Boeing to pay millions more for 737 MAX mistakes

    The US Federal Aviation Administration (FAA) said Thursday that airplane manufacturer Boeing will pay another $17 million (€13.9 million) in penalties alleging the company installed unapproved equipment on hundreds of 737 MAX planes.

    All 737 MAX planes were grounded worldwide for more than one year after the model was involved in two crashes: Lion Air Flight 610 in October 2018 and Ethiopian Airlines Flight 302 in March 2019. All 346 passengers and crew on board the two flights were killed.

    Safety ‘not negotiable’

    The FAA said 178 Boeing 737 MAX aircraft had potentially had slat tracks that were non-conforming and improperly marked. A slat is a movable metal part attached to the top of the wing of the plane. Slat tracks guide slats, which increase lift during takeoff, initial climbs, approach and landing. 

    As part of the settlement, the FAA said Boeing would improve its internal quality checks, including conducting safety risk-management analyses to determine “whether its supply-chain oversight processes are appropriate and whether the company is ready to safely increase the Boeing 737 production rate.”

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    “Keeping the flying public safe is our primary responsibility. That is not negotiable, and the FAA will hold Boeing and the aviation industry accountable to keep our skies safe,” said FAA Administrator Steve Dickson.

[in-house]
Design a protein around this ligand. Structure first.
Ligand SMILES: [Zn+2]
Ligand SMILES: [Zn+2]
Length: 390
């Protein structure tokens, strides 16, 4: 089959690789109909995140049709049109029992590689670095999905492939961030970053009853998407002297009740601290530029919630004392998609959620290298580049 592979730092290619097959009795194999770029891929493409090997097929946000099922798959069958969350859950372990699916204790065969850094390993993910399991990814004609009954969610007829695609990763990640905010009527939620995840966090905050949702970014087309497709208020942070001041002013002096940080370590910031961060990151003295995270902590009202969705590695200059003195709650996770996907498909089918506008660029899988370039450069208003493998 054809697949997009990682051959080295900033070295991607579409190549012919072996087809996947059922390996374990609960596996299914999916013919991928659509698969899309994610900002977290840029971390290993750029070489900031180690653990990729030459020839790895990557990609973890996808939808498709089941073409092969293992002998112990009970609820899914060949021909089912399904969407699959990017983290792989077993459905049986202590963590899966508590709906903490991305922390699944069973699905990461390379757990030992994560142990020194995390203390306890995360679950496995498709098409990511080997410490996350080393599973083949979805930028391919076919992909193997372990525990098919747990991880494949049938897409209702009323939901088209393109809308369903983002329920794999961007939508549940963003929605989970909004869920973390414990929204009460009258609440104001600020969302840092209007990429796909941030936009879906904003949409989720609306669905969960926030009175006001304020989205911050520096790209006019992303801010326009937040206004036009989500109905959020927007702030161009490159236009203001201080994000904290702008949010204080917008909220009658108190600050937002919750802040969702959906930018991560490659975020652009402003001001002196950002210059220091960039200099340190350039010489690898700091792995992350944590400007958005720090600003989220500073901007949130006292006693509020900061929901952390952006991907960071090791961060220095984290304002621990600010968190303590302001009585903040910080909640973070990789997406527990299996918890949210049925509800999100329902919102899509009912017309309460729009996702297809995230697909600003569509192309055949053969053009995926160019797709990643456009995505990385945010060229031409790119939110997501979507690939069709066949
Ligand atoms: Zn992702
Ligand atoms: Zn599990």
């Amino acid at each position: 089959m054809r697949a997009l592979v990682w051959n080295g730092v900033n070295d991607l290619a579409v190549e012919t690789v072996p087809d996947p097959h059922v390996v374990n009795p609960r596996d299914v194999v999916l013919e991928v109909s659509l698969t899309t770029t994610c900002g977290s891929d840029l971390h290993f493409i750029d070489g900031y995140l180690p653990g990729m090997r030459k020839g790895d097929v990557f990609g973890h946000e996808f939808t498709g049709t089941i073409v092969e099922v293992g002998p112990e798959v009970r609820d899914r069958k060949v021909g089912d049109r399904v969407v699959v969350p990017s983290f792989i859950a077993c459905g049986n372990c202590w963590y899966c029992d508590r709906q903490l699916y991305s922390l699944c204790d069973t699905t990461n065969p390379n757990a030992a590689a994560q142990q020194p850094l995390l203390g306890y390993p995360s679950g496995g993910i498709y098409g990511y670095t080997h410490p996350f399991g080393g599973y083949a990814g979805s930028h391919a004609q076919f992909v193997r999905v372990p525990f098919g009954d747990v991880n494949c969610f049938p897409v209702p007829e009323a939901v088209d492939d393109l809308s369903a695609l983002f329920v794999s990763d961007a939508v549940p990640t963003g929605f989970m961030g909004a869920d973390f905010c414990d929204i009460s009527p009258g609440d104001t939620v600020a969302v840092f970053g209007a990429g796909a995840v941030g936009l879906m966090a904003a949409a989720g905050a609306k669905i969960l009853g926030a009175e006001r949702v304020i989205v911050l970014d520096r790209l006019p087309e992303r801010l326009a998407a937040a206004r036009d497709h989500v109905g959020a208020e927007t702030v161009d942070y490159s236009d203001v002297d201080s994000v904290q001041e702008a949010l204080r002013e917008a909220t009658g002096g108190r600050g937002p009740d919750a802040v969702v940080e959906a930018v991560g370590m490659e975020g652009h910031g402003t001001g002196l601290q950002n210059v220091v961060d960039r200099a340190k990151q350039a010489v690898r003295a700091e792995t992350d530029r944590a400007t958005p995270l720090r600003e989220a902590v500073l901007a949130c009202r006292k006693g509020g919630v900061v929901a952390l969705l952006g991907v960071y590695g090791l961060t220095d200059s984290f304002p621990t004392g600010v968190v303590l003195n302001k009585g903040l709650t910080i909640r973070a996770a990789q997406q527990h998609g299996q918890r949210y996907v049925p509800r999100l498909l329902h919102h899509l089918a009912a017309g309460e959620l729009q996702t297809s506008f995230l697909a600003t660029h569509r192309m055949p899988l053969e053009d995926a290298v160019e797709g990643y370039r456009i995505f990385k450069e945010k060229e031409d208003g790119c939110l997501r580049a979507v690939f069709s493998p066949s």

Boeing said the fines “stem from issues that were raised in 2019 and which we fully resolved in our production system and supply chain. We continue to devote time and resources to improving safety and quality performance across our operations.”

    If Boeing does not comply with the corrective actions laid out by the FAA, the manufacturer could face up to $10.1 million in additional penalties.

    Billions paid over fatal crashes

    Boeing has been fined several times due to the issues surrounding the 737 MAX model. In March 2020, the FAA proposed fining Boeing $19.7 million for allegedly installing sensors in heads-up displays that regulators had not approved for use.

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    Both Boeing and the FAA have come under fire due to the controversial plane model. The US government harshly criticized Boeing for rushing production, and the FAA for overlooking certain aspects of the plane.

    Boeing was ordered earlier this year to pay $2.5 billion to settle the criminal probe into the Lion Air and Ethiopian Airlines crashes.

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